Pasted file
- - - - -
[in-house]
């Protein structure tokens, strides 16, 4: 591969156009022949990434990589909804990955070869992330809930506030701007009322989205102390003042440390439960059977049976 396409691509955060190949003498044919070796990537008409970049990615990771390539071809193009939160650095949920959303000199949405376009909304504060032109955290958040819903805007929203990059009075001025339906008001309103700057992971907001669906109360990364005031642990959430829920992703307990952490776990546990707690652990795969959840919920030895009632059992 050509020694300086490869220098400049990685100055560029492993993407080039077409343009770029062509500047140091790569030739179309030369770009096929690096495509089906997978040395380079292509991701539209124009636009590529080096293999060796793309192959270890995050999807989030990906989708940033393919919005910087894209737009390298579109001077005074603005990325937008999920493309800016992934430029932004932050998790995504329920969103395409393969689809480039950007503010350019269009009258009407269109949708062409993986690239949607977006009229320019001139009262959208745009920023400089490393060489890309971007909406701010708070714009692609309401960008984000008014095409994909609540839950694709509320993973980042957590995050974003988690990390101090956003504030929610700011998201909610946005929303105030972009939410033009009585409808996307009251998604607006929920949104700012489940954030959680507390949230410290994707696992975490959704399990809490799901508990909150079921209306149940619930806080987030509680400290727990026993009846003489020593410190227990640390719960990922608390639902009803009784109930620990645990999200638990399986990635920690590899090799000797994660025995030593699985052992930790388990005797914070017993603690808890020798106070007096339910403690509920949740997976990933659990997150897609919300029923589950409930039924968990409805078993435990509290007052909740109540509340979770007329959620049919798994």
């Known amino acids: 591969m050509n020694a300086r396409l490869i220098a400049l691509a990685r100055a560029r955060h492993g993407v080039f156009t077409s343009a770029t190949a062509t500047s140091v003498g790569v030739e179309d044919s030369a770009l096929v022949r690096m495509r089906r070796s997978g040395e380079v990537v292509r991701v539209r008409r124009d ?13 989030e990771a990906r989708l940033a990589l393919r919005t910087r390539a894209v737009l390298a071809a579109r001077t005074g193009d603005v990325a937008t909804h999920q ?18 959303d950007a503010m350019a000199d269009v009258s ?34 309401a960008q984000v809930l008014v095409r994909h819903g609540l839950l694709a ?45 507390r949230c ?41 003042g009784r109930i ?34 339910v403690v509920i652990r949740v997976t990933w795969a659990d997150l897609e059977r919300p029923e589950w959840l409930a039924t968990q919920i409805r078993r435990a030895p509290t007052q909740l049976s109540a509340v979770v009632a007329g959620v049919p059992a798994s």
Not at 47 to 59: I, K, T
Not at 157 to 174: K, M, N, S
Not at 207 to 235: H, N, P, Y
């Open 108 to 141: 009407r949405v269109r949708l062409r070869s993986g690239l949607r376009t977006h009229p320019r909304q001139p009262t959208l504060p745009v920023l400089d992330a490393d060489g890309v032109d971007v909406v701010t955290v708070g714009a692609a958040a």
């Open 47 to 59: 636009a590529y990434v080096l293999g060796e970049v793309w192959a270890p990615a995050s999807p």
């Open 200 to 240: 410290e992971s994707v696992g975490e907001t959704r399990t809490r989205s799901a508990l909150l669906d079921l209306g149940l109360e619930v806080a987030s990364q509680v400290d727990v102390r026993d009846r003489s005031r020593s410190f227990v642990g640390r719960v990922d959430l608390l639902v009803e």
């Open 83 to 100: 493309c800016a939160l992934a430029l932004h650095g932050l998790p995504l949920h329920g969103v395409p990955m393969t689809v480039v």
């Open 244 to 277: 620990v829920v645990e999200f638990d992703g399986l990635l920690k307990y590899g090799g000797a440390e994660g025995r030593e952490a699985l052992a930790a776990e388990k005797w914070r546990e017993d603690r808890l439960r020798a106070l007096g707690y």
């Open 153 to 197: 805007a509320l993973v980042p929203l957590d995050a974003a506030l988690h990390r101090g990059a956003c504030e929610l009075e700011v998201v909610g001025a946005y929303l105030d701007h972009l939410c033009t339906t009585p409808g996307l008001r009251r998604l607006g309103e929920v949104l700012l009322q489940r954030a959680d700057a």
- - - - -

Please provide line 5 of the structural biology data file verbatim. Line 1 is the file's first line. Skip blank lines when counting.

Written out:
Not at 157 to 174: K, M, N, S